Fall fever is in full flush here on the Northern Neck of Virginia. The local people call the cruisers heading South either the “come heres” or the “snowbirds.”
Last evening, I saw Spray for the first time in five years. She is a Dutch-built steel hull. I first anchored off her in Annapolis in 1999. The owners, Hans and Marianne, became cherished friends, as we both wintered in Annapolis that season. They decided to sell her, and it next went to Bob and Bonnie, also cruisers I knew. So imagine not seeing her in five years to come across her at Krentz Marina and now owned by other friends who I have not seen in four years, Krina and Lutz. Ended up joining them aboard for dinner and a three-hour gam.
Cruisers are the fascination of the people who own boats but seldom get them underway. While cruisers are busy each day working on the smallest details of their boats preparing them for a season of steady use, weekend boat owners only seem to think about three systems: their toilet, air conditioning and stereo.
Yesterday, I removed the full boat cover and have been stripping, sanding, varnishing and wrapping the ends of lines. Next week, after launch, will be changing oil and filters and tracing electric lines for an intermittent failure of my bow lights.
Now that the Annapolis Boat Shows have passed, a stream of yachties flows like ants into the marina every day with someone taking a day off work to decommission their boats. Backs bend with the weight of mattresses, seat cushions, sails, batteries, life rings, Dan buoys, cardboard boxes, charts, outboard motors, foul-weather gear, books, buckets, inflatable dinghies…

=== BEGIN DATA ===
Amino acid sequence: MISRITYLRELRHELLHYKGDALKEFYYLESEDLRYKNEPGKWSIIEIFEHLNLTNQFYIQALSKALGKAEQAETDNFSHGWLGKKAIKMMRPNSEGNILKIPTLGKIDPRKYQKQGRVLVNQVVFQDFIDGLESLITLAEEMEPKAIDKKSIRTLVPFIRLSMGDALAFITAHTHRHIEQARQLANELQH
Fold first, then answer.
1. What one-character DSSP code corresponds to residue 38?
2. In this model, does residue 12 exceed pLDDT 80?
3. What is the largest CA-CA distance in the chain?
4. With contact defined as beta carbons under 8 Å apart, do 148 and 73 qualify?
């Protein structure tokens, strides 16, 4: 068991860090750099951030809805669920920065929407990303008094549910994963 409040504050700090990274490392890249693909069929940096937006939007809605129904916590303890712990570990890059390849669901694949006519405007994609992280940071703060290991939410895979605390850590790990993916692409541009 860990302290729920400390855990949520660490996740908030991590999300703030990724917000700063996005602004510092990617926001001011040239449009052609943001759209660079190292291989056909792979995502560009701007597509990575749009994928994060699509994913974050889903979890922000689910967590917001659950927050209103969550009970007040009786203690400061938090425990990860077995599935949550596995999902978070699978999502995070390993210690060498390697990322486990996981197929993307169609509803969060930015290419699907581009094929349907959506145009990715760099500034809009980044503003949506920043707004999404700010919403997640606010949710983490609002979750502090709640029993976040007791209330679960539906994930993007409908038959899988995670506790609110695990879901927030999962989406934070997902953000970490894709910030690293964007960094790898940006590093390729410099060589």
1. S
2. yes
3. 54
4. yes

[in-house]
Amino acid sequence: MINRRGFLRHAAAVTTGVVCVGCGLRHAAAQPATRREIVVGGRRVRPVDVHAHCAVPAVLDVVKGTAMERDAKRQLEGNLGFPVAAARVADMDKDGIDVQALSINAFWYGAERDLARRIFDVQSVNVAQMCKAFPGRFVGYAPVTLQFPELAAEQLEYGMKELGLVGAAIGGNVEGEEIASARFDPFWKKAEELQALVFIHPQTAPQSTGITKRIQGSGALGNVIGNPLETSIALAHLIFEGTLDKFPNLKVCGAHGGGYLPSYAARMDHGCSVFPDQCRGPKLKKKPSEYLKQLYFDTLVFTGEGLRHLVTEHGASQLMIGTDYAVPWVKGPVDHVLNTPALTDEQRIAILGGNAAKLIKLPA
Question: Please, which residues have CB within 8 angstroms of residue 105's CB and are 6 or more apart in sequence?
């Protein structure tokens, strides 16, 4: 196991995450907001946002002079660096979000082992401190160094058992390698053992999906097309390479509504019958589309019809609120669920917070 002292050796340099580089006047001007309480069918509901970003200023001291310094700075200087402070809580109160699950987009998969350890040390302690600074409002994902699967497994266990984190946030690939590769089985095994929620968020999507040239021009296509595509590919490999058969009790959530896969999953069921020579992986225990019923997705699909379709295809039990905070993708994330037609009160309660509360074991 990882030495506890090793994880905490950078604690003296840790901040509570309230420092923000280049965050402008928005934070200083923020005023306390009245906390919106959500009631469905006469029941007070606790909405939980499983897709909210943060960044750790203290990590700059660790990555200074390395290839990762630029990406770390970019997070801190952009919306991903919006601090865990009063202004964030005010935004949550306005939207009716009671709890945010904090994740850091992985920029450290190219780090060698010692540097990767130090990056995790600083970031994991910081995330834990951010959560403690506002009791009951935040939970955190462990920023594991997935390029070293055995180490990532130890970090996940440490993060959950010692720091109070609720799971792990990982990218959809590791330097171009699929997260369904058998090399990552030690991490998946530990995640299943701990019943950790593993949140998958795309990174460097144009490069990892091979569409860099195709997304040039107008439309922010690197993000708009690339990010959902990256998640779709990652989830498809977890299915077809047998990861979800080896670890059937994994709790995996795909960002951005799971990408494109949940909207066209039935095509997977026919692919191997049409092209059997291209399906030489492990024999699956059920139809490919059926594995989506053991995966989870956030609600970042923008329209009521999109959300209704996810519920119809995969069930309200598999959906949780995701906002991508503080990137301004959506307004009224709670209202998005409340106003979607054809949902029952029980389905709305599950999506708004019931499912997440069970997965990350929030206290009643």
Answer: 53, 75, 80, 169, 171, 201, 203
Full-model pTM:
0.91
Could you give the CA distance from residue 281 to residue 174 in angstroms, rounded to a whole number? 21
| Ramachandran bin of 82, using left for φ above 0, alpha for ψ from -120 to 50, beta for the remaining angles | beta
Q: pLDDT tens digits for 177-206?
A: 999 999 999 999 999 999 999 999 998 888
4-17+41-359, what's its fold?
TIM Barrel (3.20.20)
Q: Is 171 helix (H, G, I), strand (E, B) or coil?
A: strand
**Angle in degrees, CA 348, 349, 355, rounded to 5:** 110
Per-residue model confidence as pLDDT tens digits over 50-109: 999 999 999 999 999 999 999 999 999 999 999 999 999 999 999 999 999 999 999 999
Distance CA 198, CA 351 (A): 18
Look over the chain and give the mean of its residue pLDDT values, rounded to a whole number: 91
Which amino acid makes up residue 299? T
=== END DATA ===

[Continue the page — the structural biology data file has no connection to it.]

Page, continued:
It is the opposite of the spring arrival—from mid-March in the Northeast, shadowy figures can be seen through the canvas-covered boats. It can be oven-like under these covers, even though summer is three months away. By April, the pace of work accelerates as more owners appear, pale but determined to have their boats in the water by Memorial Day.
In the fall haul out or spring launch, the humble ladder becomes the hottest property in the boat yard, and, I can tell you, it is guarded over as if it were gold. Around April, but seldom in the fall, the family makes its first appearance. The little ones play hide and seek among the propped-up boats and some practice their knots over lunch. Up in the cockpits, fathers resemble squirrels on alert as they endeavor to simultaneously bolt on the new compass and keep an eye on their children.
The shrill sound of power sanders announce the arrival of the wooden boat owners. There are also the young couples smiling at each other with buffing cloths and fiberglass polish, thinking all the time about how wonderful it will be snuggling up with one another, talking into the night with only starlight.
As the sun broke over the horizon this morning and I was enjoying my first cup of coffee, I was thinking that once Siskiwit gets to Florida for this winter, I will not get to share in the fascinating weekends of spring. The consolation is that although I have to do regular maintenance on the boat, I no longer load and unload the contents of the entire boat each fall and spring.